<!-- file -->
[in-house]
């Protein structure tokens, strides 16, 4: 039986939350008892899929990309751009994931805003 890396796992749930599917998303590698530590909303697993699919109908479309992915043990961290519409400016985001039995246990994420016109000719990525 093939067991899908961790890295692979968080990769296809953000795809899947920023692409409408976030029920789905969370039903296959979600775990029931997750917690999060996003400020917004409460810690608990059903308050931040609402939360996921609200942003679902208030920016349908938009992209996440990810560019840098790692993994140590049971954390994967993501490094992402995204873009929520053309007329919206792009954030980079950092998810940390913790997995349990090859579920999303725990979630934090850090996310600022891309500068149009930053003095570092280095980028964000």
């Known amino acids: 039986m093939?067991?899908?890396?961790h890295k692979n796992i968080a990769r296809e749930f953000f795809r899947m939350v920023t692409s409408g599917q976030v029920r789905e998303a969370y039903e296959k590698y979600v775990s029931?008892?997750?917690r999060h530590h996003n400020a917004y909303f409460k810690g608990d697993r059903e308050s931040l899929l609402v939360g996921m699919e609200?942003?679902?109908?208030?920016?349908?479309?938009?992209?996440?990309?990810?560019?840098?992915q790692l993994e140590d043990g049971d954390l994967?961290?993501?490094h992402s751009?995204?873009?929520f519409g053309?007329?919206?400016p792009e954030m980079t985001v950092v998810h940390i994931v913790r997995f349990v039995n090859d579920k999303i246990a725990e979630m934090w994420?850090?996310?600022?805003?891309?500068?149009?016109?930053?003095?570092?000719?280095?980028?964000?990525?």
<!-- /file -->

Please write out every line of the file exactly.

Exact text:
[in-house]
């Protein structure tokens, strides 16, 4: 039986939350008892899929990309751009994931805003 890396796992749930599917998303590698530590909303697993699919109908479309992915043990961290519409400016985001039995246990994420016109000719990525 093939067991899908961790890295692979968080990769296809953000795809899947920023692409409408976030029920789905969370039903296959979600775990029931997750917690999060996003400020917004409460810690608990059903308050931040609402939360996921609200942003679902208030920016349908938009992209996440990810560019840098790692993994140590049971954390994967993501490094992402995204873009929520053309007329919206792009954030980079950092998810940390913790997995349990090859579920999303725990979630934090850090996310600022891309500068149009930053003095570092280095980028964000």
């Known amino acids: 039986m093939?067991?899908?890396?961790h890295k692979n796992i968080a990769r296809e749930f953000f795809r899947m939350v920023t692409s409408g599917q976030v029920r789905e998303a969370y039903e296959k590698y979600v775990s029931?008892?997750?917690r999060h530590h996003n400020a917004y909303f409460k810690g608990d697993r059903e308050s931040l899929l609402v939360g996921m699919e609200?942003?679902?109908?208030?920016?349908?479309?938009?992209?996440?990309?990810?560019?840098?992915q790692l993994e140590d043990g049971d954390l994967?961290?993501?490094h992402s751009?995204?873009?929520f519409g053309?007329?919206?400016p792009e954030m980079t985001v950092v998810h940390i994931v913790r997995f349990v039995n090859d579920k999303i246990a725990e979630m934090w994420?850090?996310?600022?805003?891309?500068?149009?016109?930053?003095?570092?000719?280095?980028?964000?990525?």